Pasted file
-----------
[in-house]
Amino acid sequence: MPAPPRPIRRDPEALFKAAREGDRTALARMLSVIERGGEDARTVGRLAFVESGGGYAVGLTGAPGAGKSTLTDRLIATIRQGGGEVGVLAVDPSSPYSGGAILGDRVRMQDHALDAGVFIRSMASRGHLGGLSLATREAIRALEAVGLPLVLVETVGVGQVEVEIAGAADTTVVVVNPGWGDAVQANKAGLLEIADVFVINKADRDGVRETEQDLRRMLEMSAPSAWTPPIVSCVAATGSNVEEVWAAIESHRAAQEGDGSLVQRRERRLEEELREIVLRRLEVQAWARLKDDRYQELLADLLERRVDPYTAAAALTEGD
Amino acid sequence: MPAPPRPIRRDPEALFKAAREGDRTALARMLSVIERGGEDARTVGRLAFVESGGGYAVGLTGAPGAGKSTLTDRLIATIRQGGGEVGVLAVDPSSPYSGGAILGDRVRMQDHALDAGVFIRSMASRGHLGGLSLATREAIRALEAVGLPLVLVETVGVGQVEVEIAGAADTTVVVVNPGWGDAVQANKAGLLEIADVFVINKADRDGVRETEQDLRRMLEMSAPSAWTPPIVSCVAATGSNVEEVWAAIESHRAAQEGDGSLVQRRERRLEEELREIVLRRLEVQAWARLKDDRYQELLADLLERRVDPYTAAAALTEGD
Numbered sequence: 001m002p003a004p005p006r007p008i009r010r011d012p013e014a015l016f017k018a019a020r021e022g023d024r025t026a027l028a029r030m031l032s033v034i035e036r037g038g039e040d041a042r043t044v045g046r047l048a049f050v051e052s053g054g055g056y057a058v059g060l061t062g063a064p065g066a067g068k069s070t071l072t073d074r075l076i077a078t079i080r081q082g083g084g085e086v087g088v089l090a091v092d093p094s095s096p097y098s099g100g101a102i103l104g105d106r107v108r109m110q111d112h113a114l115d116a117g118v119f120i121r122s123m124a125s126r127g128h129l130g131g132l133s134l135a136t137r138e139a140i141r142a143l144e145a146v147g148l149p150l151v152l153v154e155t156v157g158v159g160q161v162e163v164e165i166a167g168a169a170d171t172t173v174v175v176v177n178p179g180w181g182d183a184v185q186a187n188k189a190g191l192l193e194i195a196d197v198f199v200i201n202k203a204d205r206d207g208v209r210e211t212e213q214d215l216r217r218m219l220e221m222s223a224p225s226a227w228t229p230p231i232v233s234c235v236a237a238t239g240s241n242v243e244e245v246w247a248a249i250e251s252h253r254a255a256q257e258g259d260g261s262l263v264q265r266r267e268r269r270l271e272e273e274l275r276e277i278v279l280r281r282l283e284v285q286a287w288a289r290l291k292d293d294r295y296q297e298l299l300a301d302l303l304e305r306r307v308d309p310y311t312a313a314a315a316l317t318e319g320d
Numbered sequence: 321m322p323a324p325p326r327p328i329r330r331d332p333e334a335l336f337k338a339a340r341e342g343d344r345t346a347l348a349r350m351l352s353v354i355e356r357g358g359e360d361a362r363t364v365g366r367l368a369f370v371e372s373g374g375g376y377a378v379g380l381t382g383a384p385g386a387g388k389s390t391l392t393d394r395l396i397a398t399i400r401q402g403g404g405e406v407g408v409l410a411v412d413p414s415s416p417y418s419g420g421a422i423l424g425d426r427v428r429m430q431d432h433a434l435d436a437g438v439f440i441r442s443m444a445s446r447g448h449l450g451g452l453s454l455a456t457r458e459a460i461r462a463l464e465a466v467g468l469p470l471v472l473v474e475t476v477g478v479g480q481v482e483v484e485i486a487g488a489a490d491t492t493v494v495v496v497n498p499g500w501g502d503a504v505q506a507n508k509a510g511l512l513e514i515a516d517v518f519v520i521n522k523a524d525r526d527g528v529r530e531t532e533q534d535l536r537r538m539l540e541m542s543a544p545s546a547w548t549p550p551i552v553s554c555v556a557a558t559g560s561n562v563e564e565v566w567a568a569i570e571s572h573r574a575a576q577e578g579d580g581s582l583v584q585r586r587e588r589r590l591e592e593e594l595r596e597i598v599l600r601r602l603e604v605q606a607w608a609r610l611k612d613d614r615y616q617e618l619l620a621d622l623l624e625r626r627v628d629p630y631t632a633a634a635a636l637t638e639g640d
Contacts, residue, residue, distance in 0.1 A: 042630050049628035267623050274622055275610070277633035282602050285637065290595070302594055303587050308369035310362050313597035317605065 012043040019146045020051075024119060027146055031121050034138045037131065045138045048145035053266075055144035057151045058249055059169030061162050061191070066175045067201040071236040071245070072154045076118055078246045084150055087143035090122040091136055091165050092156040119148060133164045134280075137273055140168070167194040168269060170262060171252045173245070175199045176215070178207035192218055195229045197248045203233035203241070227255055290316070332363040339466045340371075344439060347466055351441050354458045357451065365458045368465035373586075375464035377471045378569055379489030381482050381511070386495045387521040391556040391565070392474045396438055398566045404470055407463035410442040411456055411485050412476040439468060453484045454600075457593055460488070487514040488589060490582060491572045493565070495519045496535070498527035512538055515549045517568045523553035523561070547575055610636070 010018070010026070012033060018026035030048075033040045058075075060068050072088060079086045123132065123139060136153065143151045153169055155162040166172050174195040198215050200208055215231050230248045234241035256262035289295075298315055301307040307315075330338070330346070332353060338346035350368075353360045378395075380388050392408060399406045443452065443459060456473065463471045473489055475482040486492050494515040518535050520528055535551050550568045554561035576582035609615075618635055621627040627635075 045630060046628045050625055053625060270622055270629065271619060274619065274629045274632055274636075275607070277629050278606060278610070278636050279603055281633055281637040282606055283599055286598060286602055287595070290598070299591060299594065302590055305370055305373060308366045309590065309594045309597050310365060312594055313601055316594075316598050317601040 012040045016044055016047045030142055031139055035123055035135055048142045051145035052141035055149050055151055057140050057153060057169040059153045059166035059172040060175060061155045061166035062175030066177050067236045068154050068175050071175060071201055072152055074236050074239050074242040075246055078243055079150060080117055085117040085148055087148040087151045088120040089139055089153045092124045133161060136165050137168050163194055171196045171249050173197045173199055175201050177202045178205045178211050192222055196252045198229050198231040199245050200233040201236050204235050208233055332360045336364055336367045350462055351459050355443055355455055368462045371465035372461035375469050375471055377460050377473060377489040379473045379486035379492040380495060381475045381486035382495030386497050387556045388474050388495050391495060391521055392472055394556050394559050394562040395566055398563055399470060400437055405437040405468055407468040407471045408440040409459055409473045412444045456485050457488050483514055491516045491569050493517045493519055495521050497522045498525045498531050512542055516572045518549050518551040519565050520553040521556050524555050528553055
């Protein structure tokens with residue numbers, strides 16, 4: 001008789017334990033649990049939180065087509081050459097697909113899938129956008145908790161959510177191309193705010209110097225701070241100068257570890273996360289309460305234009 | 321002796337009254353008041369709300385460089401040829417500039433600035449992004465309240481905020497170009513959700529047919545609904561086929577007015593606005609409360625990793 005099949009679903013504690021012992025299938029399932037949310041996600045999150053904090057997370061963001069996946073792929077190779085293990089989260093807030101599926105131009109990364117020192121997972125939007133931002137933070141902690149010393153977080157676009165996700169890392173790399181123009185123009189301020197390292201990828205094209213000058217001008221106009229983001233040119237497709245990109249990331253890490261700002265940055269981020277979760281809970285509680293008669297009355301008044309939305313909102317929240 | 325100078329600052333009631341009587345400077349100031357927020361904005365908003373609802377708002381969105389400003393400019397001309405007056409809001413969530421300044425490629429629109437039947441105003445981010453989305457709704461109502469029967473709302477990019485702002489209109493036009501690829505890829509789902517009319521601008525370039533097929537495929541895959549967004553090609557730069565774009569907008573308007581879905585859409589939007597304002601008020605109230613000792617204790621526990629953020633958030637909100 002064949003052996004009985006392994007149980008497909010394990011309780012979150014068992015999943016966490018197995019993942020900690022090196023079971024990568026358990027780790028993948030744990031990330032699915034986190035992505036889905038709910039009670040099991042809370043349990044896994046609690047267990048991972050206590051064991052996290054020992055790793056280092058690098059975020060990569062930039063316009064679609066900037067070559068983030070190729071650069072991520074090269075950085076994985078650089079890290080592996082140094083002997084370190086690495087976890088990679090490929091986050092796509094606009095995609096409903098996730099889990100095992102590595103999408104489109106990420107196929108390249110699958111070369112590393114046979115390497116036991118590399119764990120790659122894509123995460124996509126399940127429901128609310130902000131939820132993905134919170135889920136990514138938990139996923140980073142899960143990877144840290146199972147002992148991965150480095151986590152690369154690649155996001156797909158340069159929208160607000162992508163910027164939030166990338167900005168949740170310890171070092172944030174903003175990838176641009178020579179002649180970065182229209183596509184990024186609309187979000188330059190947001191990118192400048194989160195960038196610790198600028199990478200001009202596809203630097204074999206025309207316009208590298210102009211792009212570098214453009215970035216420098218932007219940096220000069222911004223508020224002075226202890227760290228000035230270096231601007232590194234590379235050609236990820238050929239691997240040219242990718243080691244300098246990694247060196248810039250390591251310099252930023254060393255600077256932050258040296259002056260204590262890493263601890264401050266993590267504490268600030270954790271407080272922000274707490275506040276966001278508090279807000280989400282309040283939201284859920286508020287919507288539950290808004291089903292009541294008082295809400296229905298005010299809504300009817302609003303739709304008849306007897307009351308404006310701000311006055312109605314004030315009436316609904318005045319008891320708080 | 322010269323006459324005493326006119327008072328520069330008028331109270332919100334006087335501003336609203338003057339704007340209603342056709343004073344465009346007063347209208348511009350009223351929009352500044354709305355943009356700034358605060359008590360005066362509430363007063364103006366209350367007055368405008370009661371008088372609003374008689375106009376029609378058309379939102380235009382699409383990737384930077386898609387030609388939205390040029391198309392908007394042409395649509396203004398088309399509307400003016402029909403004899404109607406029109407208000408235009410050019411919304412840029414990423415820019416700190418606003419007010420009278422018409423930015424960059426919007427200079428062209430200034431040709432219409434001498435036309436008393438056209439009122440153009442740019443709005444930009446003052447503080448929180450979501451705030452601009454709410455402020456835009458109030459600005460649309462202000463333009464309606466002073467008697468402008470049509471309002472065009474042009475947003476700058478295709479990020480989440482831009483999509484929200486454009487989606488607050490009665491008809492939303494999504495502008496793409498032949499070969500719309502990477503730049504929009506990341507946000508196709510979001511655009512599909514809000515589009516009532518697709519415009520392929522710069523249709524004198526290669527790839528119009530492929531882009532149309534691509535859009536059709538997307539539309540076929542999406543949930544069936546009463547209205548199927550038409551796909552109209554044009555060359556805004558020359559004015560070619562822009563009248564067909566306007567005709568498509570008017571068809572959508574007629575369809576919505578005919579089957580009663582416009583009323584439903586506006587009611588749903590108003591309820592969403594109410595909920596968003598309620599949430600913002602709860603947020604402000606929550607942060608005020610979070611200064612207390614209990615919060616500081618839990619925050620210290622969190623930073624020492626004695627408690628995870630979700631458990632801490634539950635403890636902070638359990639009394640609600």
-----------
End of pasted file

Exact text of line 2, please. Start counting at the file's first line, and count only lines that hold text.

Amino acid sequence: MPAPPRPIRRDPEALFKAAREGDRTALARMLSVIERGGEDARTVGRLAFVESGGGYAVGLTGAPGAGKSTLTDRLIATIRQGGGEVGVLAVDPSSPYSGGAILGDRVRMQDHALDAGVFIRSMASRGHLGGLSLATREAIRALEAVGLPLVLVETVGVGQVEVEIAGAADTTVVVVNPGWGDAVQANKAGLLEIADVFVINKADRDGVRETEQDLRRMLEMSAPSAWTPPIVSCVAATGSNVEEVWAAIESHRAAQEGDGSLVQRRERRLEEELREIVLRRLEVQAWARLKDDRYQELLADLLERRVDPYTAAAALTEGD